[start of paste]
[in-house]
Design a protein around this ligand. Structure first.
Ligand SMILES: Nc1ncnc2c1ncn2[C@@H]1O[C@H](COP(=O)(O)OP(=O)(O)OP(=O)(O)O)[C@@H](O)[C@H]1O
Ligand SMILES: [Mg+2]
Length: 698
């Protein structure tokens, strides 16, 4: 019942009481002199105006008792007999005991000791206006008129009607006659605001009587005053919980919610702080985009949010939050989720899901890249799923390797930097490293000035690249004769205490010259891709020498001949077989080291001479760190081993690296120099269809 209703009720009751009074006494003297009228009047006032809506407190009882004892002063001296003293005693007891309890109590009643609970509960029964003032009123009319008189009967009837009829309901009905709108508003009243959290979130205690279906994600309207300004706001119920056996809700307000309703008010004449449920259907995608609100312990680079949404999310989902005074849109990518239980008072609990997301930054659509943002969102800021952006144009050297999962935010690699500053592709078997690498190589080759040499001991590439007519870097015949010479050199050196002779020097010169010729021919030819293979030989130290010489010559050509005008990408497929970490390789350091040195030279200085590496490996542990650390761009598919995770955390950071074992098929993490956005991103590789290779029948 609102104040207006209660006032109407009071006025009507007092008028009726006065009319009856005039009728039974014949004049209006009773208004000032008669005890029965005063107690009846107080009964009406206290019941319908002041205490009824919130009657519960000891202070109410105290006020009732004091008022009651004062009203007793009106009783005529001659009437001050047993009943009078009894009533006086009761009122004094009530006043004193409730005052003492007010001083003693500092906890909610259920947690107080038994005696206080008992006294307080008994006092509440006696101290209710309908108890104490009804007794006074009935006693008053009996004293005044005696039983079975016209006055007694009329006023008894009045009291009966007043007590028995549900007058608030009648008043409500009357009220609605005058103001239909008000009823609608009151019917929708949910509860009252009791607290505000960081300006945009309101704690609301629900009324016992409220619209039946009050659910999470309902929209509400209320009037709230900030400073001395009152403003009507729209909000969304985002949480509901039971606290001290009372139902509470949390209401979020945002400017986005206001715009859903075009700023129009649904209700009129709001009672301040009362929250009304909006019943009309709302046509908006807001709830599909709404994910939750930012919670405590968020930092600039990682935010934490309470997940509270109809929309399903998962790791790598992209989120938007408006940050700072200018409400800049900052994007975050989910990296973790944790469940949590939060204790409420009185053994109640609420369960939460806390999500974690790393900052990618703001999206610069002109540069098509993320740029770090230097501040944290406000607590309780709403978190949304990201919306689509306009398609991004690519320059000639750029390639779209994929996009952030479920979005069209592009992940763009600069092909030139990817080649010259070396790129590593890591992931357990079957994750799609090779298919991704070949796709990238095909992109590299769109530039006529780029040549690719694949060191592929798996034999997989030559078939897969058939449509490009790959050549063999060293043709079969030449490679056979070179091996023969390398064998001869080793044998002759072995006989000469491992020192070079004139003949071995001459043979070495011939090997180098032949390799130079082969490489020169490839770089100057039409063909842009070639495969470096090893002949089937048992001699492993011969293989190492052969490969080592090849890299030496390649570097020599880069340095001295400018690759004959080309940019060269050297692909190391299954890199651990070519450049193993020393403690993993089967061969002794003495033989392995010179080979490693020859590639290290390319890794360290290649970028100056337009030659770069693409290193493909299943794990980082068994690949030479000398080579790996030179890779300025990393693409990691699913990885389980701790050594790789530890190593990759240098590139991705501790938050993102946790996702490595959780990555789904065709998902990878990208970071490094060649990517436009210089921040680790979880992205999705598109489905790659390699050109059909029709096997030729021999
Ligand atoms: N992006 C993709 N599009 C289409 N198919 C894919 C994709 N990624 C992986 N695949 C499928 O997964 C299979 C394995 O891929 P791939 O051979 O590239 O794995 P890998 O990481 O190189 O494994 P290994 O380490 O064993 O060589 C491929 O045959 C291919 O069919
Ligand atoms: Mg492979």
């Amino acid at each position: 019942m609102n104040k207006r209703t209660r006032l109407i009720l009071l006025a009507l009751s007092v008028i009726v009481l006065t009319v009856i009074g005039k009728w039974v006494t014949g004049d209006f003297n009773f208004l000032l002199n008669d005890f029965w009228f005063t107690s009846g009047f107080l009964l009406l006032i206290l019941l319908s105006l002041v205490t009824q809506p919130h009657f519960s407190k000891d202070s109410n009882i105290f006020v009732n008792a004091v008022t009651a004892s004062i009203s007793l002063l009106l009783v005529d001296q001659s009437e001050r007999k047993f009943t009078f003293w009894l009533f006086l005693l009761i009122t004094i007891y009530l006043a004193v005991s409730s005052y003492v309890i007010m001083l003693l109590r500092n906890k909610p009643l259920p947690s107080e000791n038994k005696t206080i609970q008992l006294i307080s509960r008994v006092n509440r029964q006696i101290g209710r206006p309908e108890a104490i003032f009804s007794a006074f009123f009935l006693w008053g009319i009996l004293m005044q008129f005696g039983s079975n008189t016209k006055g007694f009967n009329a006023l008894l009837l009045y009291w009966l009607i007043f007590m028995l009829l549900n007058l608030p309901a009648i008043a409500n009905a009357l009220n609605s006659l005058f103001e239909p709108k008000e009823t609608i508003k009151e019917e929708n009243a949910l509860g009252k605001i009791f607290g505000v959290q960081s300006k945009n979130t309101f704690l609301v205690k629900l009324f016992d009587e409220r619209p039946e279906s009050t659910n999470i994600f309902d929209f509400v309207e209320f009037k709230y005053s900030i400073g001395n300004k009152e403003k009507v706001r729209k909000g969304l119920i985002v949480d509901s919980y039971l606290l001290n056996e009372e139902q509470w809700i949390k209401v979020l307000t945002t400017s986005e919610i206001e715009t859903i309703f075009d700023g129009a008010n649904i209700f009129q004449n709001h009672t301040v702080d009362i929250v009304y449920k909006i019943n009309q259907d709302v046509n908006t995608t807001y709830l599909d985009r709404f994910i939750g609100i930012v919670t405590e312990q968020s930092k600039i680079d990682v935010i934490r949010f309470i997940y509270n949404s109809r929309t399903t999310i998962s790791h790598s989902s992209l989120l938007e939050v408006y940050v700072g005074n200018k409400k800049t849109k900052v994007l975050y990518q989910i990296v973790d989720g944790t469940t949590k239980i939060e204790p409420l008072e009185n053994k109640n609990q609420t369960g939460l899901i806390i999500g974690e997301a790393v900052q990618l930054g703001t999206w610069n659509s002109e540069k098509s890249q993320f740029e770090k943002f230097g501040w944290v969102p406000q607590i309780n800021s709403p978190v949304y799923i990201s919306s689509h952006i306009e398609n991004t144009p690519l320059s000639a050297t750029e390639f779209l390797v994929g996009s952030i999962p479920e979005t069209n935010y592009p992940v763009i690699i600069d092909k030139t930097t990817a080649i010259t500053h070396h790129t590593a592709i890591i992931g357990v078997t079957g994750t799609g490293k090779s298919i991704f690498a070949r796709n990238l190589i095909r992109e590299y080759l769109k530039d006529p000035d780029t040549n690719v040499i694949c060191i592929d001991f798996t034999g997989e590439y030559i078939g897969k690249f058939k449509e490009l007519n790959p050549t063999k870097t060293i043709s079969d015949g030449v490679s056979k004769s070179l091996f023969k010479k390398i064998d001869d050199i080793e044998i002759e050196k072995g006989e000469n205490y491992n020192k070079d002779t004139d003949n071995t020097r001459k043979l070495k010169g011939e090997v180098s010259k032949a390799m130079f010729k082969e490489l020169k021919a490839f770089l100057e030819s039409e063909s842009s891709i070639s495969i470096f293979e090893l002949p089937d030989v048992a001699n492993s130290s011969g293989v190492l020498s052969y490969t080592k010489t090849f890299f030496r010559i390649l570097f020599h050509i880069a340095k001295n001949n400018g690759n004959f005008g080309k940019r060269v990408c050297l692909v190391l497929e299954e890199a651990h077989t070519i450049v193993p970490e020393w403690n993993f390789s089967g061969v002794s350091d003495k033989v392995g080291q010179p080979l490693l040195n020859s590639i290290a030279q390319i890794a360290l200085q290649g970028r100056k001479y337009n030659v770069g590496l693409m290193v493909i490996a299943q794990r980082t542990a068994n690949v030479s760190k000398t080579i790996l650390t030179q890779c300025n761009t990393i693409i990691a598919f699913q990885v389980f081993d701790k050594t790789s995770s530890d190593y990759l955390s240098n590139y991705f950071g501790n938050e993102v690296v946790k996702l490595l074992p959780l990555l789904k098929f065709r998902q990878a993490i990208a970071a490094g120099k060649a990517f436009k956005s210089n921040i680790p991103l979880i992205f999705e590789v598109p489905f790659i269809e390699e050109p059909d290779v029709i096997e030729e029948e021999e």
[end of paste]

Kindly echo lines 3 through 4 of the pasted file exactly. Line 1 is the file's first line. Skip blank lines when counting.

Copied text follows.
Ligand SMILES: Nc1ncnc2c1ncn2[C@@H]1O[C@H](COP(=O)(O)OP(=O)(O)OP(=O)(O)O)[C@@H](O)[C@H]1O
Ligand SMILES: [Mg+2]